That month, the government began easing coronavirus restrictions. As the pandemic fades as an issue, Labor now averages 35% support in the polls and the National Party stands at 40%. Including their allied parties, both sides are tied in the polls.

Political analysts are unsure if Ardern can make inroads on one of the longstanding issues to help improve his position.

Successive governments have failed to rein in an overheated housing market. The problem has intensified under Ardern’s government, with the average house price rising by 58% from 2017 to 2021. Last year, the average house price exceeded NZ$1 million, or 626 000 dollars.

The country has also struggled with persistent child poverty, which results in surprisingly high rates of rheumatic fever and lung disease for a developed country. In 2017, Ardern declared reducing child poverty a fundamental goal. Currently, 13.6% of New Zealand children live in poverty, down from 16.5% in 2018 but above the government’s target of 10.5%.

And despite Ardern’s promise to treat climate change as the “nuclear-free moment” of his generation, emissions have risen 2.2% since 2018.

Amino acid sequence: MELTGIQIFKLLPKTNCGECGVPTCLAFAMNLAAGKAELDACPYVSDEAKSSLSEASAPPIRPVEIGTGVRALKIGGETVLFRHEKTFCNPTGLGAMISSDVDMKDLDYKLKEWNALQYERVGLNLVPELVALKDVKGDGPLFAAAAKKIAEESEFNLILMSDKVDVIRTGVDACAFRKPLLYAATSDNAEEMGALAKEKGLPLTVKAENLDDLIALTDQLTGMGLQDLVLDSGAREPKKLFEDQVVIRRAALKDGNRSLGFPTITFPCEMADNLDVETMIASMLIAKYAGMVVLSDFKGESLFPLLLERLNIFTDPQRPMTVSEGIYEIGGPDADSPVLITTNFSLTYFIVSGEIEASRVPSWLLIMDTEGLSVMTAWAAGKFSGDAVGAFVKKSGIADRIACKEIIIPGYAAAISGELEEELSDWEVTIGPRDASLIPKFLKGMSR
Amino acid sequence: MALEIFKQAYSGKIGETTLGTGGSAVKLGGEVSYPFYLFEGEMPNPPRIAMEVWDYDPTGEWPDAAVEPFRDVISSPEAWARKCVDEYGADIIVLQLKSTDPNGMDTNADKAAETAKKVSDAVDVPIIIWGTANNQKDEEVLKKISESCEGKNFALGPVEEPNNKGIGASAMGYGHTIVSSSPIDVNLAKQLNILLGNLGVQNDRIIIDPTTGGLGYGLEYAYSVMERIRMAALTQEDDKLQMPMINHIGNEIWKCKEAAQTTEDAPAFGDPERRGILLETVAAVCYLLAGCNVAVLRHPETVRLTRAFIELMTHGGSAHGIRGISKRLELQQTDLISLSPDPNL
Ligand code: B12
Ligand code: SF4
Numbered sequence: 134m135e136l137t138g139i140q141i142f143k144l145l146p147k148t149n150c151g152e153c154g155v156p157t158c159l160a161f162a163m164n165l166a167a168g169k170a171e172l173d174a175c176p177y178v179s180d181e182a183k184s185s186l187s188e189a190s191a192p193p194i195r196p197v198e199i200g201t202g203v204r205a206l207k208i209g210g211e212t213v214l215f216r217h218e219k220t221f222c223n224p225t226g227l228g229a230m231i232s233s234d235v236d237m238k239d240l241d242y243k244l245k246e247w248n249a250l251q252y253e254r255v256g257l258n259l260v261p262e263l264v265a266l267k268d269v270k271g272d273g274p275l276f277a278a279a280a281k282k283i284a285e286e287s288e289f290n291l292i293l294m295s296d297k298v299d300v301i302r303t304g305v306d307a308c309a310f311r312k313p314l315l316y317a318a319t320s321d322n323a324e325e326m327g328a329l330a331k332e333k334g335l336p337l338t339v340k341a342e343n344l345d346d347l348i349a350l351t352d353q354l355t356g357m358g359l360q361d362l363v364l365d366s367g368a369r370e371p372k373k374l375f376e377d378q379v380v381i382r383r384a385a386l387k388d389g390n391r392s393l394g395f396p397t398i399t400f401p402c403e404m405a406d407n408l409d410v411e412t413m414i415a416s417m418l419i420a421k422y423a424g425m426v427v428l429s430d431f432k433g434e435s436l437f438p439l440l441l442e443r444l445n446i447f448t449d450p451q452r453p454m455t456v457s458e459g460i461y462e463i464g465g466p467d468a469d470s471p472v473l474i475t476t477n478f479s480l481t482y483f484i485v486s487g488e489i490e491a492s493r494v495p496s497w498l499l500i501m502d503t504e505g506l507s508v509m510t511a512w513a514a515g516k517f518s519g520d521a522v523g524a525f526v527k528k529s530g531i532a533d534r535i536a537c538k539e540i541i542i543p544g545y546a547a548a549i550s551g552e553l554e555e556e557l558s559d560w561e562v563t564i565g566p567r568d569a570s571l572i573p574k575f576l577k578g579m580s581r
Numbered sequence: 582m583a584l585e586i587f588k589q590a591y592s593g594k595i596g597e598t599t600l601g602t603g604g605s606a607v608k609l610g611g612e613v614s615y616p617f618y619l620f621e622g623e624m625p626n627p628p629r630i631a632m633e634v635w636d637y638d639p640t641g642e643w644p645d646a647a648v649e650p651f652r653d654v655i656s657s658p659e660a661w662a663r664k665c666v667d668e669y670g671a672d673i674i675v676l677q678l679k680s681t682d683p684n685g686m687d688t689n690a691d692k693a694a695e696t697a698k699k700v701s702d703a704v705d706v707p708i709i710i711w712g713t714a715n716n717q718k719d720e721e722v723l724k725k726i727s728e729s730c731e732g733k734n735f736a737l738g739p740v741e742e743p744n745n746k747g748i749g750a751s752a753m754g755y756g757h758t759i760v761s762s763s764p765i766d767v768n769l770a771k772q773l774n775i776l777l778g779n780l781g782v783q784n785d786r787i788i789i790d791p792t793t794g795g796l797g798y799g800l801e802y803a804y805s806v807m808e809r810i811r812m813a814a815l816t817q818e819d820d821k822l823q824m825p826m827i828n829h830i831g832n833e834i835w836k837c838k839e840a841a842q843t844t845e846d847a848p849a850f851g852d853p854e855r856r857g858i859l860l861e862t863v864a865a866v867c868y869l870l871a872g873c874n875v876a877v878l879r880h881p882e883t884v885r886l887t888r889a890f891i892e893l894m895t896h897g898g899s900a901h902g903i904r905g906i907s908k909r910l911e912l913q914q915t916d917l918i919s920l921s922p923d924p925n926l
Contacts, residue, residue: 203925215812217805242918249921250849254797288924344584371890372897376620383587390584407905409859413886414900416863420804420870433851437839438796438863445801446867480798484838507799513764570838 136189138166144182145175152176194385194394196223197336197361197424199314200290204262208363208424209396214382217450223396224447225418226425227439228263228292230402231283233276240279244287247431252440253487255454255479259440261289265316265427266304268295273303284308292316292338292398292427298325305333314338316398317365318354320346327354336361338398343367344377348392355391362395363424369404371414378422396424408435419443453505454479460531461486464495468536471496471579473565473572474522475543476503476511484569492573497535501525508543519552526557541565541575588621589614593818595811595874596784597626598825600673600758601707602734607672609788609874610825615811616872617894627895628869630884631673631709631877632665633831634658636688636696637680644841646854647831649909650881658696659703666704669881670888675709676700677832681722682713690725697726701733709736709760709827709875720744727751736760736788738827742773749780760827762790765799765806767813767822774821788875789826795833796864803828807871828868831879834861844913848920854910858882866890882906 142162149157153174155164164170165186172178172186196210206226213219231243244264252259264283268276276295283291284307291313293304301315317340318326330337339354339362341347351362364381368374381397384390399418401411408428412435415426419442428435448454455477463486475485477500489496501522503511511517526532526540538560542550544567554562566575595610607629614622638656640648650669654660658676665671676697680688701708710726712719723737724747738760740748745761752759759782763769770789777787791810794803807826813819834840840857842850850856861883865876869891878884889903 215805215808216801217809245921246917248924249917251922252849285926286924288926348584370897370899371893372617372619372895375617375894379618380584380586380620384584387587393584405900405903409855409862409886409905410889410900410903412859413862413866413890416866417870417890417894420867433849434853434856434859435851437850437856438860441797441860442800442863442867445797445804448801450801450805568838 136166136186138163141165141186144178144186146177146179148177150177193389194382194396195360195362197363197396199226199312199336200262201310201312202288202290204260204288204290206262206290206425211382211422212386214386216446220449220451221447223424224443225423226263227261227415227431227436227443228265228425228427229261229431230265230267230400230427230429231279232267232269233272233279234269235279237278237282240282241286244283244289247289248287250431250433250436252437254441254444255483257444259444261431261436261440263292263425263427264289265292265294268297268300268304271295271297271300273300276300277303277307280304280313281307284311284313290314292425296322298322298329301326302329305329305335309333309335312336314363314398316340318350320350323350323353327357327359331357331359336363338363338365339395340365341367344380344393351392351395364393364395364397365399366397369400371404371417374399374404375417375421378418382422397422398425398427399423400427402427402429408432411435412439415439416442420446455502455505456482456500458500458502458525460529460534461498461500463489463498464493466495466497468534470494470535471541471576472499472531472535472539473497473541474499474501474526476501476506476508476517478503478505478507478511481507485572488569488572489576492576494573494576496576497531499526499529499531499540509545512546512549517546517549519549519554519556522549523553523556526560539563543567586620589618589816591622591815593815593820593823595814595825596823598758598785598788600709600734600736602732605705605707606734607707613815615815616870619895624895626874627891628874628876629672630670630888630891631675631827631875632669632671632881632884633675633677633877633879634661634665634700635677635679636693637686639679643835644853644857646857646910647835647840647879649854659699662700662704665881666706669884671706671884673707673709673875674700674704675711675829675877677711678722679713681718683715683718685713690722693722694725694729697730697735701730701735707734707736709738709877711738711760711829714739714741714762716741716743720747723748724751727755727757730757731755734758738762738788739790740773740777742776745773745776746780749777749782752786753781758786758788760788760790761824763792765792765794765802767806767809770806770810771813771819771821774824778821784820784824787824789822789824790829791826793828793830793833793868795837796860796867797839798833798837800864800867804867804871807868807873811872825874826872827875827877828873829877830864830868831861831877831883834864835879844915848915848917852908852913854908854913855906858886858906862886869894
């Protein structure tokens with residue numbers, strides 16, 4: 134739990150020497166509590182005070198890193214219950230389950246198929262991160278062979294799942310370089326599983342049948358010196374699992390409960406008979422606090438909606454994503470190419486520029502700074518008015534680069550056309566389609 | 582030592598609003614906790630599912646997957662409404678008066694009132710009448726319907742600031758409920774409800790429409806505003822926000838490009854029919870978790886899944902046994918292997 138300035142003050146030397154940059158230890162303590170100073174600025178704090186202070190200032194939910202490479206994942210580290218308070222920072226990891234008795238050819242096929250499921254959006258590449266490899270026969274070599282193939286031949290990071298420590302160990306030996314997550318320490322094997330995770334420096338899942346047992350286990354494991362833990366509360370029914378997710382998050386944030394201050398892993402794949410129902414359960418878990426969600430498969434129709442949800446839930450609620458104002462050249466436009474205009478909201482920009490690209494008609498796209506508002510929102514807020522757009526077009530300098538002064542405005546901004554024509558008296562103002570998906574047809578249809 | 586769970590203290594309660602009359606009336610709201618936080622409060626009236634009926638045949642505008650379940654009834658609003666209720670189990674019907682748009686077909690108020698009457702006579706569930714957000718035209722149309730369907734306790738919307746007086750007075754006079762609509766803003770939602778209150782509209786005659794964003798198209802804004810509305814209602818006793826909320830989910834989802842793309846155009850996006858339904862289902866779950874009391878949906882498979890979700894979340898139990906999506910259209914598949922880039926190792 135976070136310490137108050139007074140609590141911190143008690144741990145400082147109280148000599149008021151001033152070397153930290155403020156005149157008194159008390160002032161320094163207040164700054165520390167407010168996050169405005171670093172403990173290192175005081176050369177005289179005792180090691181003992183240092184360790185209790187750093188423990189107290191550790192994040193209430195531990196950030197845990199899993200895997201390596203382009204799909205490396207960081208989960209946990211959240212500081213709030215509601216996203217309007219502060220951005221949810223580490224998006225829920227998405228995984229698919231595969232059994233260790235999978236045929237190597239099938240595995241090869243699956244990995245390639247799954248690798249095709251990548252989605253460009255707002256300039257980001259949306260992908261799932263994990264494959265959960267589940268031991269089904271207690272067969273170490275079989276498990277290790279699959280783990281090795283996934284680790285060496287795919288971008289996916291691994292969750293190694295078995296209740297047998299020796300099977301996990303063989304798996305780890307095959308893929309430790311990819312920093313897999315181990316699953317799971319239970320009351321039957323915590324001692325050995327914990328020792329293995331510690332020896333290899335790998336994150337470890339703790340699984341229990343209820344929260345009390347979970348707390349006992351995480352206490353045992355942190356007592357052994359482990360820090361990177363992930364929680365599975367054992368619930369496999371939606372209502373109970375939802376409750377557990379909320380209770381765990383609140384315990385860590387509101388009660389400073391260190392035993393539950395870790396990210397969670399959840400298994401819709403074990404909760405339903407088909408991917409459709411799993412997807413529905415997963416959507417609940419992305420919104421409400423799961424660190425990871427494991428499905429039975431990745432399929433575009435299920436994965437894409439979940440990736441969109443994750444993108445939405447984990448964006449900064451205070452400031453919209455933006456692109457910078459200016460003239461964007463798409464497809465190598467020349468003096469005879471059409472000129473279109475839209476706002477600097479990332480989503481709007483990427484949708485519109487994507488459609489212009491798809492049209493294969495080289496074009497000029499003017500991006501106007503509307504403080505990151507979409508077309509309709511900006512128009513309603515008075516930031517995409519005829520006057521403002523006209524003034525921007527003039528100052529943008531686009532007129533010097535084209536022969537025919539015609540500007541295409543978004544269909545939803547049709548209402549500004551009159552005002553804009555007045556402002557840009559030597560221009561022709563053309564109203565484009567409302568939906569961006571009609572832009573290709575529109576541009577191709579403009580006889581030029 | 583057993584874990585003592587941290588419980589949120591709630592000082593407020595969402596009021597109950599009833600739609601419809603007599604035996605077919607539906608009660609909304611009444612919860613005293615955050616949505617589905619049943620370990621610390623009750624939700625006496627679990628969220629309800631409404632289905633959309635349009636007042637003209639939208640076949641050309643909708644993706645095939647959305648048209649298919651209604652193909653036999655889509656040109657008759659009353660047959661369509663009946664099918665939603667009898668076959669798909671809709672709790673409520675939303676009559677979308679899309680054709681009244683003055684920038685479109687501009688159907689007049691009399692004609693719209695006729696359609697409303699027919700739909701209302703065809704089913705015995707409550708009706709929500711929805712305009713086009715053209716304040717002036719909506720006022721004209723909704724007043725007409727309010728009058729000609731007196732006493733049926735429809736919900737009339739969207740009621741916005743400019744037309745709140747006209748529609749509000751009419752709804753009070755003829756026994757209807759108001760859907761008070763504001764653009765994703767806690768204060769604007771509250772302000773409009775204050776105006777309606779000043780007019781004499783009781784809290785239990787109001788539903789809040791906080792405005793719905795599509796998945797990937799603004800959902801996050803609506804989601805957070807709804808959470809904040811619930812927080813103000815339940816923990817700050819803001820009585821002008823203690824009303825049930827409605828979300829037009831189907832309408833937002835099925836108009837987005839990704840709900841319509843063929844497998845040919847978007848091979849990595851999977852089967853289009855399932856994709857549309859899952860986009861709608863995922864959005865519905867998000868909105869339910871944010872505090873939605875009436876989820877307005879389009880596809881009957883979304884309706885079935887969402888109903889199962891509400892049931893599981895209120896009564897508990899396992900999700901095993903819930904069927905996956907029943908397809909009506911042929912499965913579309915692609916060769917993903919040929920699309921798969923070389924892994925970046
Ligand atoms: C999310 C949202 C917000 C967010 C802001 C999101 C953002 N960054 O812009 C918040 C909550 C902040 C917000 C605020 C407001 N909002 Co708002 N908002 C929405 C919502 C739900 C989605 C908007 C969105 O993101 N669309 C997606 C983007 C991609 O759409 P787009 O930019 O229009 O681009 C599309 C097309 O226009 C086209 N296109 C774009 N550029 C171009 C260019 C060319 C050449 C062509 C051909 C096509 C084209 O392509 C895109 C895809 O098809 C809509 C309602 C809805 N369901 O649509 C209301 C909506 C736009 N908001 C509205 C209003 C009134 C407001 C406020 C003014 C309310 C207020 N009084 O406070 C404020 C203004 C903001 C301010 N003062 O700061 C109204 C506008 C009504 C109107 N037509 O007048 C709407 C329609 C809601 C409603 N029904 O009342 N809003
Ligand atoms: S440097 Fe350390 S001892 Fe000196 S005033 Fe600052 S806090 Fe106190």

Campbell said the government had made progress on major issues despite challenges from Covid-19. “We continued to address the long-term challenges facing our country, including overseeing the largest government housing program in decades, lifting tens of thousands of children out of poverty, and taking real action to the climate,” he said.

But Godfery, the liberal writer, said Ardern did not get enough help from his team to translate his rhetoric into policy.

Ardern “is a genuinely caring and compassionate person who has a deep commitment to issues of inequality, climate change and child poverty,” Godfery said. “But often that doesn’t translate into a concrete political agenda.”